Saturday, June 18, 2022
In Nashville, before anyone ever referred to the southern end of Broadway as SoBro, the Hillsboro Village neighborhood boasted Sunset Grill, a restaurant that during the 1990s proved as integral to Nashville recorded music as other metropolitan eateries that over the years became legendary hubs for creative businesses in New York and Los Angeles. It was a sprawling and long-lunchy and late-dinnerish breadbaskets-and-virgin-olive-oil thing.
“In the mid- ‘90s,” the California-born country star Gary Allan said, “I would go find my whole record label at Sunset Grill. People called it The Devil’s Triangle back then. Most songwriting would stem from showing up there then winding up at somebody’s house at midnight.” In 2015, when the restaurant closed, The Nashville Scene dubbed Sunset Grill a “grand ‘90s lady.”
Ruthless, Allan’s new album and his most commanding work ever, tells the story of the move of the Nashville country business — often as confusing as it has been successful — from the 1990s to right now, when it hums along silently, smack in the middle of what industry folks call The Streaming Era.
Simple nostalgia is the last thing on the album’s mind. To arrive at this rocking, swinging, loud, subtle, funny, sad, tricky, and sizzling suite of thirteen songs, Allan has refused to rush: He has afforded himself what probably is, certainly as the 2020s have unfolded, today’s supreme luxury: time.
“This is a montage of everything I have done since my last album,” Allan said. “It’s what I love. I remain influenced by the ‘90s — as well as by the ‘80s. Twenty-six tracks were cut for this album. Then I went back to the studio and recorded three or four more tracks. Then I returned for two more. From each of these many sessions, I pulled out the cool stuff that I wanted on the record.”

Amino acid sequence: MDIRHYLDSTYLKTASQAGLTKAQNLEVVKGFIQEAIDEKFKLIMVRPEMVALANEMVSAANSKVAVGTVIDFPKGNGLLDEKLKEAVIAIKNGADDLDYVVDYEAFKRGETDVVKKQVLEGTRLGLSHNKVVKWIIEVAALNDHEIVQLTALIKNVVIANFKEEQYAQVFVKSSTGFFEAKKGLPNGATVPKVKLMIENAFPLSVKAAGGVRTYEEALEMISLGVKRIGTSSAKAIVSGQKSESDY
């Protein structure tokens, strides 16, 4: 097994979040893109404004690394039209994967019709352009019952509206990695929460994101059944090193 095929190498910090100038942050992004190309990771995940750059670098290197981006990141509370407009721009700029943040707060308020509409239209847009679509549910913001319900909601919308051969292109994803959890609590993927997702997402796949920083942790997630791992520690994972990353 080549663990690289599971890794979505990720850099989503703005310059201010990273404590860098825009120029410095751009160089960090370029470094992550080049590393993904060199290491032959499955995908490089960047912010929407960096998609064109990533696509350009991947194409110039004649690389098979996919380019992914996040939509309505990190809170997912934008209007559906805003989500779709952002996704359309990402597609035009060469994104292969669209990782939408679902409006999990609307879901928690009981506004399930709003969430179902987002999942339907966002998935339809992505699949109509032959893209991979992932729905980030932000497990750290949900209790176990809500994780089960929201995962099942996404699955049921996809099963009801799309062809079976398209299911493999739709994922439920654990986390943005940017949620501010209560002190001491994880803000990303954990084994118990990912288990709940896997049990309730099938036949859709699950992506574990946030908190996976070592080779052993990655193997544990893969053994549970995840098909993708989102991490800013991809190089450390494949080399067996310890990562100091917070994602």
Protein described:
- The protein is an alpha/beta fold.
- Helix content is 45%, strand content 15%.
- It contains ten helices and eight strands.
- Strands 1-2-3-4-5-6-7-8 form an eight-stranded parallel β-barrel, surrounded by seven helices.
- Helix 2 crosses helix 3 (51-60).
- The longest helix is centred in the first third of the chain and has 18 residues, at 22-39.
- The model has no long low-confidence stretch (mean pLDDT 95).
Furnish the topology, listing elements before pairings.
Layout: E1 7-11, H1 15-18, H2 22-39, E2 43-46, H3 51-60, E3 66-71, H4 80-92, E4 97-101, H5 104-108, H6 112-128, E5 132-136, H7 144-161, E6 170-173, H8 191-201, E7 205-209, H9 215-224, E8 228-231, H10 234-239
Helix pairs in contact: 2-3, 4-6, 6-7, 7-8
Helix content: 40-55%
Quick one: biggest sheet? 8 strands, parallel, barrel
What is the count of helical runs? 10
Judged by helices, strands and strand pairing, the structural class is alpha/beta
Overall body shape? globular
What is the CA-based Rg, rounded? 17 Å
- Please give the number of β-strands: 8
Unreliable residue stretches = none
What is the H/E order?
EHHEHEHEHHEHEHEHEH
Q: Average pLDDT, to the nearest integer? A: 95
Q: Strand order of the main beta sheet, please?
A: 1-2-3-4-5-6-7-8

Mentioning the title track, Allan talks about it like this: “Ryan Hurd, Hillary Lindsey and busbee wrote the song. I hear it as a kind of Elvis-like music, late Elvis, like ‘Suspicious Minds’ or ‘Burnin’ Love.’ I think we captured that on the track. It’s layered harmonically and rhythmically. I think we nailed it.”
“I look at an album,” Allan said, “like a show: I have to come in and give some bang right off the top. And then I can slow down. I feel like it’s walking through your moods. Like a pool hustler or prizefighter, you don’t want to come out swinging with everything you got. You want to reveal the whole array of emotion.”
‘Ruthless’ is an old-school West Coast tell–it–like-it-is and it is a new Gary Allan album, super-deluxe, as well. It is modern as all hell. It lives off the literary chops of country songwriting immemorial. Yet it intertwines finely the innovations of Nashville in the ‘90s with Nashville in 2021. It is country that still has, to paraphrase Allan in an intricately written love song called “Pretty Damn Close,” a little glitter in its hair.
“Waste of a Whiskey Drink”
“Mess Me Up”
“Every Storm (Runs Out of Rain)”
“Get Off on the Pain”
“She’s So California”
“Learning How to Bend”
“Life Ain’t Always Beautiful”
“Best I Ever Had”
“Nothin’ On But the Radio”
“Tough Little Boys
“Man to Man”
“Right Where I Need To Be”